Carbon credits to rescue a Madagascar forest?
The New York-based Wildlife Conservation Society is working with the government of Madagascar to sell about 9.5 million tonnes of carbon credits to help save the Makira Forest, which contains 22 species of lemurs, hundreds of bird species and thousands of plants. Many of those species are found nowhere else on the planet.
“We want to create incentives so people don’t deforest,” Ray Victurine, the finance expert at WCS, told me.
The 9.5 million tonnes is the amount of carbon dioxide stored in existing trees WSC and Madagascar estimate can be saved over 30 years by stopping people from chopping them down.
Victurine said money raised by the credits could encourage farmers to stop slash and burn agriculture through investments in rice cultivation or in taking advantage of cloud formations in the forest to improve irrigation.
In Madagascar about 100,000 hectares (386 square miles) of forest are lost each year by agricultural burning, according to WCS.
The burning of forests by farmers accounts for 20 percent of world greenhouse gas emissions. An agreement at a 190-nation UN conference last year agreed to work on ways to reward countries for slowing deforestation.
Credits in a global climate trade system could generate $2 billion to $14 billion for developing countries, according to a study by EcoSecurities and the University of British Colombia.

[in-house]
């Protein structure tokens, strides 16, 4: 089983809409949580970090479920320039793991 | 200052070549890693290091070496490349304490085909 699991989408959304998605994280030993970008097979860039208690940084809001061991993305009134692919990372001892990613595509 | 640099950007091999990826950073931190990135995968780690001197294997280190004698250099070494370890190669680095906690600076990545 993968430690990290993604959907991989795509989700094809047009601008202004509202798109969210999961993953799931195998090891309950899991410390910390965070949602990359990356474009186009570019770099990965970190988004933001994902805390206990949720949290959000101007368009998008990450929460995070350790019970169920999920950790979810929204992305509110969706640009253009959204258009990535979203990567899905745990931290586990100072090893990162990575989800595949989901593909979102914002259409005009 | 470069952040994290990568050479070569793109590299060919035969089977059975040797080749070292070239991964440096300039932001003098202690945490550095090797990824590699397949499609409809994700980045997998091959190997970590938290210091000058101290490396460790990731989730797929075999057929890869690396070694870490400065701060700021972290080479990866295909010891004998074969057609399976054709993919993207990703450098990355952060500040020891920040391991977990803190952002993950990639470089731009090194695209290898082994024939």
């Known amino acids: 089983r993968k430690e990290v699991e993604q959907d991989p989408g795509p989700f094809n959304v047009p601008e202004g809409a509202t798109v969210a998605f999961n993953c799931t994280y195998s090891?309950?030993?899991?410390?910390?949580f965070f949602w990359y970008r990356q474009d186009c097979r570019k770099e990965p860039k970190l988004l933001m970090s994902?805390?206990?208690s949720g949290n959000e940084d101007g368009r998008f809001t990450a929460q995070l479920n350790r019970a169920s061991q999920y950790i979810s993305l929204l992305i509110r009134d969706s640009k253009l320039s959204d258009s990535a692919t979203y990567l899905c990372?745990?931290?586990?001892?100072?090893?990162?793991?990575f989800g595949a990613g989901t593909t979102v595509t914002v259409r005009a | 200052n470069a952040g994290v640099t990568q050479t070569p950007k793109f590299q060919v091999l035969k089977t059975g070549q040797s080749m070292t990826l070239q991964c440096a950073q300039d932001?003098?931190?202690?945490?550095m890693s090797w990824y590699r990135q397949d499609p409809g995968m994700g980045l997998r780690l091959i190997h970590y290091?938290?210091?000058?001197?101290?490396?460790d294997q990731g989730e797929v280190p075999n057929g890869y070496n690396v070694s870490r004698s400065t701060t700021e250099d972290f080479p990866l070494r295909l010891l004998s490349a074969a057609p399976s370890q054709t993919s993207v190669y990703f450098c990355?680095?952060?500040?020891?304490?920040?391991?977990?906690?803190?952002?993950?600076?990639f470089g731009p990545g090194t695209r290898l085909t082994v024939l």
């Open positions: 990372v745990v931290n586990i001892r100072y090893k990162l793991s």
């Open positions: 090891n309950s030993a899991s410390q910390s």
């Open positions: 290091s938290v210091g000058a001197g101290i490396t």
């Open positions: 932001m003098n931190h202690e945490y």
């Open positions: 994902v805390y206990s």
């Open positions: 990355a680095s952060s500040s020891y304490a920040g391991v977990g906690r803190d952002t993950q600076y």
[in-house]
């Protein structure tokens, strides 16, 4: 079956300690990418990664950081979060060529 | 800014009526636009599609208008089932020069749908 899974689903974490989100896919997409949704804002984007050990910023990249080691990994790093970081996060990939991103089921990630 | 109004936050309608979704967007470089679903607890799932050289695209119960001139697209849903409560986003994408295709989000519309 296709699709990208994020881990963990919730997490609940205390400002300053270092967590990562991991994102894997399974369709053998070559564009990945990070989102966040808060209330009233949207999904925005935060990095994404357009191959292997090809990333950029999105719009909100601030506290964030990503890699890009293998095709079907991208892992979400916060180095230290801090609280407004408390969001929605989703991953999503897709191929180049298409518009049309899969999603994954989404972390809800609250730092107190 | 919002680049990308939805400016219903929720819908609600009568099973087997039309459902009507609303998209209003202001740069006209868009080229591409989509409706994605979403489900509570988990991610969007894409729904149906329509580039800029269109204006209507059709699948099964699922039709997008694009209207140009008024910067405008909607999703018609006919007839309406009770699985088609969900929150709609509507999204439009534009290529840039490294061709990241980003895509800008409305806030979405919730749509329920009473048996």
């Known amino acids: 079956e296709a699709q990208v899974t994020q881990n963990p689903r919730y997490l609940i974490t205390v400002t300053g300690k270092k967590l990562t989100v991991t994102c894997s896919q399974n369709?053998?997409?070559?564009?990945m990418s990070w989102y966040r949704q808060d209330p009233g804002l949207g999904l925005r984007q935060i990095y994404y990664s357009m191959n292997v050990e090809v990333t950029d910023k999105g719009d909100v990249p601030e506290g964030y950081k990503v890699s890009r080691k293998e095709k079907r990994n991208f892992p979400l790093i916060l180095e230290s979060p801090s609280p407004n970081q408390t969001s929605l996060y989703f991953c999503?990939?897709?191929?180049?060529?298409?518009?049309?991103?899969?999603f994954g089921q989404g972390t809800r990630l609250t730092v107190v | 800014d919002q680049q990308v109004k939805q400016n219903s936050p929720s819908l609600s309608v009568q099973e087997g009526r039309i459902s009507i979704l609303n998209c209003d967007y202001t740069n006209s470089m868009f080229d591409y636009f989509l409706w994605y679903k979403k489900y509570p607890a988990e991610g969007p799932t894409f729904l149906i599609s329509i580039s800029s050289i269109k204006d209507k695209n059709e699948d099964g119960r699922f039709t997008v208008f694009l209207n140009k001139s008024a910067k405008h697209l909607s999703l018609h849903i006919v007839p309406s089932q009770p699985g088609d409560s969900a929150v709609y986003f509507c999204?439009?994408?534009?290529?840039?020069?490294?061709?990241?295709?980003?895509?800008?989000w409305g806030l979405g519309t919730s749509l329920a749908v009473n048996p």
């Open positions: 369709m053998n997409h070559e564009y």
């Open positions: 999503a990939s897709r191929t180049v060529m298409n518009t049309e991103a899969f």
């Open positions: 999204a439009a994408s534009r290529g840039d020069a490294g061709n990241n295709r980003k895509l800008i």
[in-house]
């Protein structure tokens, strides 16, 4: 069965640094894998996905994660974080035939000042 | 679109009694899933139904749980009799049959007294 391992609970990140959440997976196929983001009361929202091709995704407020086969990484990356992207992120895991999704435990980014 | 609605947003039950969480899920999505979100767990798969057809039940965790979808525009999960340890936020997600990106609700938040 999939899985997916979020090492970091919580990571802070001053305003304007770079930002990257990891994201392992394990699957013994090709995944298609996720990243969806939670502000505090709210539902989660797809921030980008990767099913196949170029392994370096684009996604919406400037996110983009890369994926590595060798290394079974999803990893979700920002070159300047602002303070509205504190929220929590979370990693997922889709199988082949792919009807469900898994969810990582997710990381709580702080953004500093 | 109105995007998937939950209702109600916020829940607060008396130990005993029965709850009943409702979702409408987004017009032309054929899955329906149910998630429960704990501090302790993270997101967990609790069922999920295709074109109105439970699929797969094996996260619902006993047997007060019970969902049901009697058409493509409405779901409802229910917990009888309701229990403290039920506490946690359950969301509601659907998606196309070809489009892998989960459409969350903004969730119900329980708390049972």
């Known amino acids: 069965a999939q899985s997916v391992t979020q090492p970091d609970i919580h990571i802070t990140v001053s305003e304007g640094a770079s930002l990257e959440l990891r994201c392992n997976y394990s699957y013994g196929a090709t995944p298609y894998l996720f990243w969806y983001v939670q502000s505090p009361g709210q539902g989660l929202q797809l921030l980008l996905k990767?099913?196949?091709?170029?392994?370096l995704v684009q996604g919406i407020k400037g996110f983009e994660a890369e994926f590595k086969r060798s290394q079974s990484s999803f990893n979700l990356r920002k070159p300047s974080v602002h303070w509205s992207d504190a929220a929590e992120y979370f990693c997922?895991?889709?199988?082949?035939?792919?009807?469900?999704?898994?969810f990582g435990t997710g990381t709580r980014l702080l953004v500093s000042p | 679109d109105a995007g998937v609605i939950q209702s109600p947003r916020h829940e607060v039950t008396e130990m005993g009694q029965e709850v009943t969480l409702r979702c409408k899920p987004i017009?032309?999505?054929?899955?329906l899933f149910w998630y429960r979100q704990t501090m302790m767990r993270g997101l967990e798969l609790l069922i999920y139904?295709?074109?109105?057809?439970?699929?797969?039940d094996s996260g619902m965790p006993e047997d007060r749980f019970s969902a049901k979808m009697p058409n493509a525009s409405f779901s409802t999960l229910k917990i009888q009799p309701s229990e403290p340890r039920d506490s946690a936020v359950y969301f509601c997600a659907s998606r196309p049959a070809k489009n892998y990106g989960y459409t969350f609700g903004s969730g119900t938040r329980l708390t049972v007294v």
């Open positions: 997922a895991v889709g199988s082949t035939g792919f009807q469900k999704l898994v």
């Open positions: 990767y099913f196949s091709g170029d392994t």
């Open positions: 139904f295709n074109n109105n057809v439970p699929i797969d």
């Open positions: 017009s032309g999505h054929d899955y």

The WCS and Madagascar are hoping to sell their credits in the rapidly developing voluntary credit market. Later, they could adapt them for any post-Kyoto global trading system if the world agrees such credits would save forests in a fair way.
Victurine said they are working with the Voluntary Carbon Standard and the Climate, Community and Biodiversity Alliance to ensure the credits would be high quality and would pay for actions to save the forest that would not have occurred otherwise.
The higher the perceived quality of the credits, the higher price they may fetch. In today’s prices at the EU’s compliance carbon market the 9.5 million tonnes would be worth about $291 million, though carbon prices are volatile. In voluntary, unregulated carbon markets the tonnes would be worth closer to $62 million.
All of which leads to a question. Are financial instruments the best way to change human behavior and save the planet?